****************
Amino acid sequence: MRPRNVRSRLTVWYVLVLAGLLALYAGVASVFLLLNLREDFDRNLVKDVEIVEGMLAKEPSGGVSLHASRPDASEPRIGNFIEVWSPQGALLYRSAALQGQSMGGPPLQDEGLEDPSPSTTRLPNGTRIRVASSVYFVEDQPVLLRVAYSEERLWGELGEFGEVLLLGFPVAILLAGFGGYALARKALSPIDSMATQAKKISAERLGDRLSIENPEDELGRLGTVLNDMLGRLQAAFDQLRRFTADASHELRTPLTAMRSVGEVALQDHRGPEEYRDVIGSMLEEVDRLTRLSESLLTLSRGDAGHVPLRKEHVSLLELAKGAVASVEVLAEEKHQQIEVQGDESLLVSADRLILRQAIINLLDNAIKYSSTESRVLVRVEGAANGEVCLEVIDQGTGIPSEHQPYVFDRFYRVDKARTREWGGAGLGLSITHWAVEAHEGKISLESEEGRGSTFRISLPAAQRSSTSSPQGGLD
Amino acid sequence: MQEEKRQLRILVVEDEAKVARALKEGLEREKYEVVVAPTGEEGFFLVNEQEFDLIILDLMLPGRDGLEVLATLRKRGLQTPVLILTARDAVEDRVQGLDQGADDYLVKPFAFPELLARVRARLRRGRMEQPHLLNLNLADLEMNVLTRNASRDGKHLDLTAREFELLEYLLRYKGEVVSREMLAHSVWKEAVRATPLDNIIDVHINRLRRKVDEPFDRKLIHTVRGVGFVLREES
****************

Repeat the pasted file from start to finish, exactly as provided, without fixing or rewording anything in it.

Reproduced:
Amino acid sequence: MRPRNVRSRLTVWYVLVLAGLLALYAGVASVFLLLNLREDFDRNLVKDVEIVEGMLAKEPSGGVSLHASRPDASEPRIGNFIEVWSPQGALLYRSAALQGQSMGGPPLQDEGLEDPSPSTTRLPNGTRIRVASSVYFVEDQPVLLRVAYSEERLWGELGEFGEVLLLGFPVAILLAGFGGYALARKALSPIDSMATQAKKISAERLGDRLSIENPEDELGRLGTVLNDMLGRLQAAFDQLRRFTADASHELRTPLTAMRSVGEVALQDHRGPEEYRDVIGSMLEEVDRLTRLSESLLTLSRGDAGHVPLRKEHVSLLELAKGAVASVEVLAEEKHQQIEVQGDESLLVSADRLILRQAIINLLDNAIKYSSTESRVLVRVEGAANGEVCLEVIDQGTGIPSEHQPYVFDRFYRVDKARTREWGGAGLGLSITHWAVEAHEGKISLESEEGRGSTFRISLPAAQRSSTSSPQGGLD
Amino acid sequence: MQEEKRQLRILVVEDEAKVARALKEGLEREKYEVVVAPTGEEGFFLVNEQEFDLIILDLMLPGRDGLEVLATLRKRGLQTPVLILTARDAVEDRVQGLDQGADDYLVKPFAFPELLARVRARLRRGRMEQPHLLNLNLADLEMNVLTRNASRDGKHLDLTAREFELLEYLLRYKGEVVSREMLAHSVWKEAVRATPLDNIIDVHINRLRRKVDEPFDRKLIHTVRGVGFVLREES